He sat up in bed and stared at the frosted landscape as the music played. The snow, which at first glance appeared as smooth and depthless as blue sky, began to reveal ripples and shallows, hills and valleys and undulations, spots of bright reflected light, hollows plunged in shadow.

Usually, after a performance, Brent could remember every note. He could, and did, go through the performance in his head, dissecting each phrase and analysing what was perfect and what was not. Tonight, Brent remembered nothing. Except that he’d felt that somehow, something inside him was melting.

He looked down at his chewed nails. The piano stopped in the middle of an odd cadence, and he heard a far away and nebulous sound, a white noise. Perhaps, on the highway through the town, a white car was fighting through the night.

Brooks crept down the stairs, his bare toes on the splintered wood, and stood outside the door of the old dining room. The piano creaked and groaned as it gave up its notes, and on the bench, sitting next to Timothy, sat the old man, his hands in his lap and tears running down his face.


“I think you're infatuated with that farmwife." Brent drove again the next day, because Timothy tended to pull over at every tiny town, ‘just to visit,’ and they did need to be in Swift Current before 3. Their last concert fell on a Sunday, so it started earlier, at 7:30. After the concert it was only a two hour drive to the airport.

"I'm infatuated with these pastries. Better take one before they're gone."

“They’ve been sitting in the car since yesterday,” said Brent.

“Guy. You would have taken them inside and put them in the refrigerator?”

Brent smiled. Another silo slipped onto the horizon, low outbuildings scattered around it. From behind a wide sheet of cloud the sun suddenly flashed, a bolt of dazzling silver lightning. Wet splatters on the windshield sparkled like crystal. Brent jerked the wheel, blinded. The car slid.

"Wow. Slow down." Timothy put a powdery hand in front of his eyes.

"I can't see! It's so slippery."

"Don't turn."

"Why would I turn? I haven't turned in so long I forget how."

The muscles of his thin forearms tightened and bulged, he clenched his jaw the way he tried not to when he approached a really difficult stretch of notes. Anti-tension, anti-tension, he screamed to himself. The car slalomed down the center of the empty highway.

"Whoooeeeeeeeeeee!" Timothy waved his hands, and powdered sugar flew from the paper bag. "I love Saskatchewan!"

"You're crazy! Stop yelling and help me!”

The tension in Brent’s arms suddenly snapped, like the highest string of a violin, and he flailed his arms, knocking the bag out of Timothy’s hand and shoving him hard against the passenger door. Crumbs and powdered sugar clouded the front seat.

The car sideswiped a snowbank five feet high and careened to the other side of the road.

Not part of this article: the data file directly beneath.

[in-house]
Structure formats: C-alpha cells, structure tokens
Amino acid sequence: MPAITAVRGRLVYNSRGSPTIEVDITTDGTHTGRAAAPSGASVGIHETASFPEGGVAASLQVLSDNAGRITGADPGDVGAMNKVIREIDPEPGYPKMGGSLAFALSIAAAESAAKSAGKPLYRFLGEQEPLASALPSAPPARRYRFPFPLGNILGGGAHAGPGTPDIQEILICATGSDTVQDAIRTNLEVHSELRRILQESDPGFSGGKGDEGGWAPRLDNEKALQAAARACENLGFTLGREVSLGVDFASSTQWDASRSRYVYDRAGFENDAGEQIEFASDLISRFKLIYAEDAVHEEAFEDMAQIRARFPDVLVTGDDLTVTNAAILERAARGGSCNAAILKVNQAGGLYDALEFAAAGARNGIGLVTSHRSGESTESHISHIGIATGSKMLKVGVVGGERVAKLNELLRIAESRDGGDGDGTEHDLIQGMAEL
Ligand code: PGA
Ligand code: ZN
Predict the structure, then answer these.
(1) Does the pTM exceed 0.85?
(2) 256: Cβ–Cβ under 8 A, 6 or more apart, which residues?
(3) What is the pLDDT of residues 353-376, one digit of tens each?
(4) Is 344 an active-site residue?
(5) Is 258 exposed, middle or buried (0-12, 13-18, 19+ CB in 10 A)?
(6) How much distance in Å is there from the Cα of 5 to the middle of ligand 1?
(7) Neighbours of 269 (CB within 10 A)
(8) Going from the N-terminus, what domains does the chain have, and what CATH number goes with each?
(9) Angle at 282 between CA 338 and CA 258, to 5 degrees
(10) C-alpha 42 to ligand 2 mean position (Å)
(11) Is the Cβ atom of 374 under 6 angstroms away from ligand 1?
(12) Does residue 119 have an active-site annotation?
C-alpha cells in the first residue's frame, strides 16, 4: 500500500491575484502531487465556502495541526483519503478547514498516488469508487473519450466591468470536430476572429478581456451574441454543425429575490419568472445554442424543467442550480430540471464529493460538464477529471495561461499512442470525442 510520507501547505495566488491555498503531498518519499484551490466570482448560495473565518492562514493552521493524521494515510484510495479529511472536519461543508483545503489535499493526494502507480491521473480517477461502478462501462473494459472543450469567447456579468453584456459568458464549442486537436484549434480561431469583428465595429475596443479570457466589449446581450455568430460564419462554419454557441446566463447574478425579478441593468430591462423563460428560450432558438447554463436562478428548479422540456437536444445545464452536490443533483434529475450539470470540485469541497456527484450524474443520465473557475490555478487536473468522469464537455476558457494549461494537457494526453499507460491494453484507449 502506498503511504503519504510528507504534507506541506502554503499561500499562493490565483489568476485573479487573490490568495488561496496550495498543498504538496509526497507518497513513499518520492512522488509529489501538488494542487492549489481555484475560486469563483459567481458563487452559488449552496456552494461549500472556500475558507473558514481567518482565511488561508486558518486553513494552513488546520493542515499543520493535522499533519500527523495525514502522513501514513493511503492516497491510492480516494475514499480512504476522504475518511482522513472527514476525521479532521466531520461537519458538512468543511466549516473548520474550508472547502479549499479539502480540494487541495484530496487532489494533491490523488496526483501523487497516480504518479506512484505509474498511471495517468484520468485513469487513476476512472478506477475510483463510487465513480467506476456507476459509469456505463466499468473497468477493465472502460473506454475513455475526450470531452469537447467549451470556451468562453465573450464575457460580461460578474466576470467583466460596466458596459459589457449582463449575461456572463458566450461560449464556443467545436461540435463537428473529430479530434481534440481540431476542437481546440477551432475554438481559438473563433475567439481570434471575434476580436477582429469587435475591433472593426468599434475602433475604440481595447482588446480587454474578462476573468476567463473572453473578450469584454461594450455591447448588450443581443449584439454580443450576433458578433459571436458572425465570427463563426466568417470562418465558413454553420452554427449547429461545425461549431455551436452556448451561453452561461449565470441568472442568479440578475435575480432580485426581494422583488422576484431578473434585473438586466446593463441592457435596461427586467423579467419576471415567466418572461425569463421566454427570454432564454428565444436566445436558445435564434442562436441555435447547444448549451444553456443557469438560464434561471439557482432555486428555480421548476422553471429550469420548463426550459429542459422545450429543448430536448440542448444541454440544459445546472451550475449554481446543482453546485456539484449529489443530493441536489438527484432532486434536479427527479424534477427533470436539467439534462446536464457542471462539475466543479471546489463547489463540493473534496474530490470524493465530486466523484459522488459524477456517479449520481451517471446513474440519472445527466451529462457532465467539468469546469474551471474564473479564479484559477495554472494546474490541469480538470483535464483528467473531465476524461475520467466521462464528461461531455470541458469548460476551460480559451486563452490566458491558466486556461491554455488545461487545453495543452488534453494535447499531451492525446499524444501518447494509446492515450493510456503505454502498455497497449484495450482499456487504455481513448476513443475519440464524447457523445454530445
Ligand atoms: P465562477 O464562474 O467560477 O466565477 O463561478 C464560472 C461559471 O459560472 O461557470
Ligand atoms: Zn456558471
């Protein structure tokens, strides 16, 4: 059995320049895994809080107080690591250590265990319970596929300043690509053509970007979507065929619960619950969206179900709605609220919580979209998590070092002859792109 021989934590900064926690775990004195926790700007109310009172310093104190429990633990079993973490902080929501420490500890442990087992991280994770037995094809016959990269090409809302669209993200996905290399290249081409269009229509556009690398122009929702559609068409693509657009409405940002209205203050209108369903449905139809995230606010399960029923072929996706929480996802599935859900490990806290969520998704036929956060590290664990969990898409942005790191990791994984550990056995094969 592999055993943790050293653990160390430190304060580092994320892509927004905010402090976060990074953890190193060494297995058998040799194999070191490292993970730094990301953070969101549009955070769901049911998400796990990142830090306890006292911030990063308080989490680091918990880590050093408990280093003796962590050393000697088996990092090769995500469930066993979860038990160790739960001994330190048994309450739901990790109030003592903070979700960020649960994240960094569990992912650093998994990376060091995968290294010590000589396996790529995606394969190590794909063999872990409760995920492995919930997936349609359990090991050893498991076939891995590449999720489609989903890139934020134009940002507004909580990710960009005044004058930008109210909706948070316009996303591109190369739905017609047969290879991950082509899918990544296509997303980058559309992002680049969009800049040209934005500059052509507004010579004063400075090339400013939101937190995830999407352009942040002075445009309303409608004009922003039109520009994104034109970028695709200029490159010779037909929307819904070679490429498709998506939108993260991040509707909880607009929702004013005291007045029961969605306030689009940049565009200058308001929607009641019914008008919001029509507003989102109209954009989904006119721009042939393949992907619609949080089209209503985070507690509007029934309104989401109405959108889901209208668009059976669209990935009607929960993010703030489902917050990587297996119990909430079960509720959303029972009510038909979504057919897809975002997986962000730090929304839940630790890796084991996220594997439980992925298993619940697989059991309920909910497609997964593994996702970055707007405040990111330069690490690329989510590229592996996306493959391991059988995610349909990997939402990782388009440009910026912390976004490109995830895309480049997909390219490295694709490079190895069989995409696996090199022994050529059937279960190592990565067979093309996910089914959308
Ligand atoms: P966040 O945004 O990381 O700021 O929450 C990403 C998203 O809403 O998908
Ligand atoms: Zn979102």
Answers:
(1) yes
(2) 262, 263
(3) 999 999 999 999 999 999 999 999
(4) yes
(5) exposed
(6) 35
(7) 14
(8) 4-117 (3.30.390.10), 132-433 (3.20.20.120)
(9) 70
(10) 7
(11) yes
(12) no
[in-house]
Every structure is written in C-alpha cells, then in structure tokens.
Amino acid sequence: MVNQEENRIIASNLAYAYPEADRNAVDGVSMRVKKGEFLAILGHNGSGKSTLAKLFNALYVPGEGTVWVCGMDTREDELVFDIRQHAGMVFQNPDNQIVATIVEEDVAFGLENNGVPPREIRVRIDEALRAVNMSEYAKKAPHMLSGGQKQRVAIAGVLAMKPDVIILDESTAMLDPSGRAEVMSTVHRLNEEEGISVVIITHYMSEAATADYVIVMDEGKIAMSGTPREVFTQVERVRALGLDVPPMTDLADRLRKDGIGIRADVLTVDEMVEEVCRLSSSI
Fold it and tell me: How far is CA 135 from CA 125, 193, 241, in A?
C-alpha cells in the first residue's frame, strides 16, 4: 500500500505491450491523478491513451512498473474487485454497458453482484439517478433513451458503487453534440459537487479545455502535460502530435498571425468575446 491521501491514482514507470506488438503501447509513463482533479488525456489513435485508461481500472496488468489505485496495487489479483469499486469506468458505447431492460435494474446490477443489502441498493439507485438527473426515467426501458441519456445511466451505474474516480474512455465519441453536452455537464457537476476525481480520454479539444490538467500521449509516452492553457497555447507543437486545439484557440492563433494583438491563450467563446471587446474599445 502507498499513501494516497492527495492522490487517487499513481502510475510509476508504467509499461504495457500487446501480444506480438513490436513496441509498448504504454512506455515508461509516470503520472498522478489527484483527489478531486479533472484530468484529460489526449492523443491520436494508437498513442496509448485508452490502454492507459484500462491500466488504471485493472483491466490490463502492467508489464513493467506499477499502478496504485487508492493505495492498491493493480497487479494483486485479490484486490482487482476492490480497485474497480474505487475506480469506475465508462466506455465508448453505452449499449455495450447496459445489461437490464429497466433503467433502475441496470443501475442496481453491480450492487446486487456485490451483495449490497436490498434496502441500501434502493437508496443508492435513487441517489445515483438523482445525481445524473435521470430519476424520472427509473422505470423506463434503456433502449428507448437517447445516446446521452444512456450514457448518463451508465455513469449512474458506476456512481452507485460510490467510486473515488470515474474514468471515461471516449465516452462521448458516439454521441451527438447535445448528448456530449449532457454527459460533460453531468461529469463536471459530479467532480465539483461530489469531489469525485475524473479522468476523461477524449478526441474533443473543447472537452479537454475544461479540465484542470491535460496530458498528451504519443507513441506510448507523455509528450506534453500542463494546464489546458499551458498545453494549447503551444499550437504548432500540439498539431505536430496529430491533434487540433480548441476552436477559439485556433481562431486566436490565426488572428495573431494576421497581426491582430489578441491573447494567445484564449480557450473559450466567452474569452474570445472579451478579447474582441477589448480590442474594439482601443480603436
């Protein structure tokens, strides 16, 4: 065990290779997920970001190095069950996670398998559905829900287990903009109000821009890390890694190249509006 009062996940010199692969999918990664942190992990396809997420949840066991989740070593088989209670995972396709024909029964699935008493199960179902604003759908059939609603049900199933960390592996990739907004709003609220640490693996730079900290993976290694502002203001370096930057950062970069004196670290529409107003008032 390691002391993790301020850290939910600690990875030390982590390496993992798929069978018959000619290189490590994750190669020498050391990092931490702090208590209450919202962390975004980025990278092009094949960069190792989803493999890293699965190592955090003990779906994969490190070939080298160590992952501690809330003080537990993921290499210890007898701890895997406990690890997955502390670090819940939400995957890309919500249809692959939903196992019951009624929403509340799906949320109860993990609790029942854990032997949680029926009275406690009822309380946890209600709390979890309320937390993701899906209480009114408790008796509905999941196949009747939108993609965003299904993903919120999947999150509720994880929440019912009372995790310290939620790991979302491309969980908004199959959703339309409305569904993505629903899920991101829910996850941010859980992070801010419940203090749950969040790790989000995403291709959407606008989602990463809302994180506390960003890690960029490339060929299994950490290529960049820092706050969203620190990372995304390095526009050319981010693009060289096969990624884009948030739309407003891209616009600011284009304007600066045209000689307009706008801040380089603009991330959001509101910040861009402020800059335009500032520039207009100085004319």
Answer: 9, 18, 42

In the most unexpected ways, Timothy could plumb the delicacy of pianissimo. Now he whispered, “A flat empty road, with snow bank’s like bowling bumpers on each side. Really, guy. Hit it, have fun, you’re going to be fine. ”

"I can't see!"

"Just drive. Smashing!"

"That’s what I’m trying to avoid!"

The car swerved from one side of the road to the other, and his body began to move in synchronicity to its swaying.

Timothy grabbed the dashboard with both huge and freckled hands. "Yiiiiiiii!" he yelled. “We’re driving through the most gorgeous landscape painting you will ever see."

"If I could see it maybe I could relax!"

"This is Life. This is Glory. This is Spontaneous Serendipitous Exuberance. This is the fourth movement of the Franck!" And he began to sing at the top of his booming red-bearded baritone, hanging onto the dashboard with one hand as the car swayed, and conducting wildly with the other. "Ba bum bum bum bum baaaaa..."

. "I am never doing another tour with you.” Brent said. “No matter how good we sound together. You're crazy!”

He was yelling with his eyes closed, hanging on to the steering wheel for dear life.

“You're driving me insane and I am getting the hell back to New York and never leaving!"

And just as suddenly as it had appeared, the sheet of cloud covered the sun again, like a mother firmly tucking in a child reluctant to sleep.

Brent opened his eyes. The car found the right side of the road and stayed. He breathed out, the carbon dioxide from his lungs a puff of white nebulousness that instantly vanished.

Timothy was silent. He tilted his head to one side and looked up past the edge of the windshield. Brent slowed the car and tilted his neck also. The silo, almost abreast of the car, loomed above them, its silvery aluminum stalk towering above them, the tallest thing for two hundred kilometres.

"That structure does have a certain charm, in this light," Brent said.

The car passed the silo and plunged again toward the horizon. Without the single landmark to catch his eye, the landscape rolled effortlessly, white as forever, smooth as a perfectly drawn bow.

"You think we sound good together?" Timothy asked.

They drove in to Swift Current.A grain elevator, a Chinese restaurant, an IGA grocery, a sign that said Dick’s Boot Shop, Ahead Right.

Brent turned. The beat of the slush whapping at the tire walls slowing. He stopped the white car in a snow-packed parking lot, where vehicles crusted in brown ice languished.

"Look,” said Timothy. “Here's the last eclair. If you hold it up like this it looks just like a silo. Covered with snow and everything."

He waved the pastry in front of Brent’s nose.

"Last one. Going, going, gone."

Brent wrinkled his nose. A worn plywood sign jigsawed in the shape of a boot leaned against the wall. Would he be back? He remembered gazing out at the winter just the night before, and how the snow revealed itself in the darkness, in drifts and swirls and hidden shapes. How he recognized the shapes in himself, and they were shapes of fear. But really, was fear getting him anywhere?

Brent turned off the engine and reached for the eclair. Powdered sugar fell softly onto his city jacket. Beyond Dick’s Boots, far in the distance, he could make out the penciled outline of another silo.